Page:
Chief Clarissa Sabattis of the Houlton Band of Maliseet Indians said she has great relationships with public health nurses in other districts and even reached out to them for help during the pandemic. But it still would be beneficial to have public health nurses serving specifically Indigenous Mainers, she said.

“We definitely don’t have the ability to have a public health nurse that we can just have out in the community,” she said. “(That would help us) be able to reach a lot of our high-risk people or people that maybe can’t go out.”

Services provided by public health nurses are important for new and expectant moms at a vulnerable time in their lives, Sockabasin said. This is especially true for Native Americans who historically have higher rates of poverty and lower graduation rates, she said. 

New data from the U.S. Bureau of Labor Statistics found that the rebounding national labor market is leaving behind Native Americans. The topline unadjusted unemployment rate among Native Americans in January was 11.1%. The national rate was 4.4%.

Social determinants of health, such as poverty, can impact someone’s access to healthcare, healthy food and safe housing.

“If there are people that are underserved or unserved, such as tribal citizens or tribal community members, then it is the responsibility of public health nursing to have the conversation about who are those most vulnerable people who we are not (serving)” said Sockabasin, who formerly served as director of the Office of Minority Health within the Maine CDC.

Maine CDC said that Wabanaki Public Health and Wellness secures some funding for nursing and other services through federal grants and other sources.

But Sockabasin said her organization only pursued federal funding to have some financial stability without relying solely on the state, which still is obliged to meet the public health nursing needs of all Mainers.

Wabanaki Public Health and Wellness has a budget of more than $10 million that is about 80% federal grant funded and 10% state funded.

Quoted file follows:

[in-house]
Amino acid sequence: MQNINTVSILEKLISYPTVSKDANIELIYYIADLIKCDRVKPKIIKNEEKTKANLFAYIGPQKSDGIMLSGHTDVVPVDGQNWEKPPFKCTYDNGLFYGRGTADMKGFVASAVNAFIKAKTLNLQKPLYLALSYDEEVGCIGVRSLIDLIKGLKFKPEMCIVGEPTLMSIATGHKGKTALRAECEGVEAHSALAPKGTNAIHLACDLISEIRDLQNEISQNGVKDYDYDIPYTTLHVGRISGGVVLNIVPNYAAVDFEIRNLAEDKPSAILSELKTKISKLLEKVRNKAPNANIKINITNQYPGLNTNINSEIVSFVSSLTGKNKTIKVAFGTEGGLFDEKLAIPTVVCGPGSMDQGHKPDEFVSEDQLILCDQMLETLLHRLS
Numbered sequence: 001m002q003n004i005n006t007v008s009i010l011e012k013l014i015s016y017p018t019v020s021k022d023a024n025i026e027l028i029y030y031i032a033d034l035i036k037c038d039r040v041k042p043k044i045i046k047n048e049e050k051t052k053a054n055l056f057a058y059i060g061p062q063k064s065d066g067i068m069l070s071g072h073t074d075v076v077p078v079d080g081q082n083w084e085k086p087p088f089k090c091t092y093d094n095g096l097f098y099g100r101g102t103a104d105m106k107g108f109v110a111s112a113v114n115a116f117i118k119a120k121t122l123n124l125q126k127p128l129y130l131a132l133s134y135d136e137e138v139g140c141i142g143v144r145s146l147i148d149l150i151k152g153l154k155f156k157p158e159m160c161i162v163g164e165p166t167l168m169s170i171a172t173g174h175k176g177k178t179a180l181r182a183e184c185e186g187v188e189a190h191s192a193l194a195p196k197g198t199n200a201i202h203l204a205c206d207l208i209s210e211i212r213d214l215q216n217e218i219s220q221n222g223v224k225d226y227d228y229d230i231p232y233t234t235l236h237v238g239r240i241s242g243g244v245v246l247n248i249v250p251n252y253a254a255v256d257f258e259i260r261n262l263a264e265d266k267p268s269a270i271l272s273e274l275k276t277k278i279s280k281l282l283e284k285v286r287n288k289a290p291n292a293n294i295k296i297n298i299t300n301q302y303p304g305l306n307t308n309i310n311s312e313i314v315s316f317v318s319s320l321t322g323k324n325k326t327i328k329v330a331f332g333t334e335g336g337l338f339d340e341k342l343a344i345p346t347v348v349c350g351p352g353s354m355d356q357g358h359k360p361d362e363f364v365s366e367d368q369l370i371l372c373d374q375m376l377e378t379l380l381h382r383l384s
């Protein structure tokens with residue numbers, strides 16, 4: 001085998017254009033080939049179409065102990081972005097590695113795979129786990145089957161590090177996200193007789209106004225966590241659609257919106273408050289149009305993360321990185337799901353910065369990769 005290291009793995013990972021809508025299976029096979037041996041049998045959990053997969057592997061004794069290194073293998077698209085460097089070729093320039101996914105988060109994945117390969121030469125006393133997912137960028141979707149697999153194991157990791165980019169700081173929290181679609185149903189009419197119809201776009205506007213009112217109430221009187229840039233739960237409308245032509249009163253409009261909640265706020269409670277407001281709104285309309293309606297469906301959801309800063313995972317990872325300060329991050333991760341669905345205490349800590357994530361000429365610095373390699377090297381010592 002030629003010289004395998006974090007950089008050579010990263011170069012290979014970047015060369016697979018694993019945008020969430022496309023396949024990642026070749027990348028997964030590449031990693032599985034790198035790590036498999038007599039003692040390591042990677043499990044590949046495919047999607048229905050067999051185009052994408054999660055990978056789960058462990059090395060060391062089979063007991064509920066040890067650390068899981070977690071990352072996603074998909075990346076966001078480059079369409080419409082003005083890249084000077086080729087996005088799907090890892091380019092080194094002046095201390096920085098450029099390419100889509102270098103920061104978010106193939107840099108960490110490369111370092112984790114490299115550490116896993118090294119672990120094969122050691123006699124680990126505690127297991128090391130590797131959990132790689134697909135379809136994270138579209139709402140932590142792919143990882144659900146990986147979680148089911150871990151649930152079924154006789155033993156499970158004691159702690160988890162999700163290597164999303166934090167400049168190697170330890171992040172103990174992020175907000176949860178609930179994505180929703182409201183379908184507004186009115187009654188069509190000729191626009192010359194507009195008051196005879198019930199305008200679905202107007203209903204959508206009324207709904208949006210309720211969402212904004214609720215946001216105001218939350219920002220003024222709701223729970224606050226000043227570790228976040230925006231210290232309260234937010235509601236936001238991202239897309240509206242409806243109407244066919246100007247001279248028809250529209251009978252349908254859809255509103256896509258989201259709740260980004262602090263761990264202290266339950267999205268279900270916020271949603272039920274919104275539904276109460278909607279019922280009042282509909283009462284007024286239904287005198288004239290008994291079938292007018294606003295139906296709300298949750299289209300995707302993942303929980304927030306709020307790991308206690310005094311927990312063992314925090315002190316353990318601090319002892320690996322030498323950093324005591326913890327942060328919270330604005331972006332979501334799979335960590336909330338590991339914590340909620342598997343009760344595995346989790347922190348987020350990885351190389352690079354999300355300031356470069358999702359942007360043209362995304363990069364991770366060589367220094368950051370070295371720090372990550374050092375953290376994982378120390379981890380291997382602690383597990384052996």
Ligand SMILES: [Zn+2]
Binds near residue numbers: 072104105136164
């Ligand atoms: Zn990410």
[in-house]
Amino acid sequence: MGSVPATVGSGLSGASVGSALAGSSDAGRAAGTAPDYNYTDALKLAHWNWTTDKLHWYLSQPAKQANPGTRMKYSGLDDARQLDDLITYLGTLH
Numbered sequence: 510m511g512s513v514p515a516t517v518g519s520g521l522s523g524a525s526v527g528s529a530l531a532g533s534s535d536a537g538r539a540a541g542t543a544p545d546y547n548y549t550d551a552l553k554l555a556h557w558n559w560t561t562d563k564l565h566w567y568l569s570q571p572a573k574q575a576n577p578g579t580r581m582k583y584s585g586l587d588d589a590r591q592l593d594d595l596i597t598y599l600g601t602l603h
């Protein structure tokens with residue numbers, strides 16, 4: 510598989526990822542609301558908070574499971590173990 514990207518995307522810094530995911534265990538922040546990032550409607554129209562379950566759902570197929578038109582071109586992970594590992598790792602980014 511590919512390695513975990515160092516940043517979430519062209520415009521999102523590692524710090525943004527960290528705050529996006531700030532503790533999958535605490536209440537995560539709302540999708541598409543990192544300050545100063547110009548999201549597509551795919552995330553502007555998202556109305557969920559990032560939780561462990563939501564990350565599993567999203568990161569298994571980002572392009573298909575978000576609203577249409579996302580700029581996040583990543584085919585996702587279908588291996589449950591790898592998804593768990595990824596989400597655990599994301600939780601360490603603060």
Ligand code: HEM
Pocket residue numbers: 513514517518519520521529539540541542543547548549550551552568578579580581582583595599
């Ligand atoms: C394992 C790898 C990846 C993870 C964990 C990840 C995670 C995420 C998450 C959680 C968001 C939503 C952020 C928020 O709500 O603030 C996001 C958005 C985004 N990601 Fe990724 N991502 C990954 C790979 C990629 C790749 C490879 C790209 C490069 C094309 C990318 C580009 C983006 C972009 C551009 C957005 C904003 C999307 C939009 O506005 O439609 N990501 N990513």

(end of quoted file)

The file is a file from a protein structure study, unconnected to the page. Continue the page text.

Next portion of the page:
There are more than 120 employees, but none are providing public health nursing services. 

Lisa Sockabasin, co-CEO of Wabanaki Public Health and Wellness.

Asked why public health nurses aren’t in the organization’s budget and workforce, Sockabasin said it pursues funding for a broad range of services. Wabanaki Public Health and Wellness shouldn’t be ignored by the public health nursing program “just because we’re good grant writers.”

“Those resources are allocated to every other district in a way that districts are served with public health nursing,” she said. “We’re asking for the same thing.”

The COVID-19 relief dollars from the state were helpful in addressing Maine’s racial disparities during the pandemic, which at one point was the worst in the country, Sockabasin said. But that funding was distributed among numerous community-based organizations throughout the state and not specifically for public health nursing within the health district.

Maine’s approach to public health needs to involve more resources for community-based organizations led by people of color, immigrants, refugees and tribal people, she said.

“We have to understand that it’s not business as usual when we work with communities,” Sockabasin said. “We have to take our direction from the people who know their communities best. That’s local public health.”

Rose Lundy

Rose Lundy

Rose Lundy is the public health reporter for The Maine Monitor, and is a 2020 Report for America corps member. Rose previously covered politics and local government for three years at The Daily News in southwest Washington. She grew up in Minnesota and graduated from the University of Wisconsin.


RECENT ARTICLES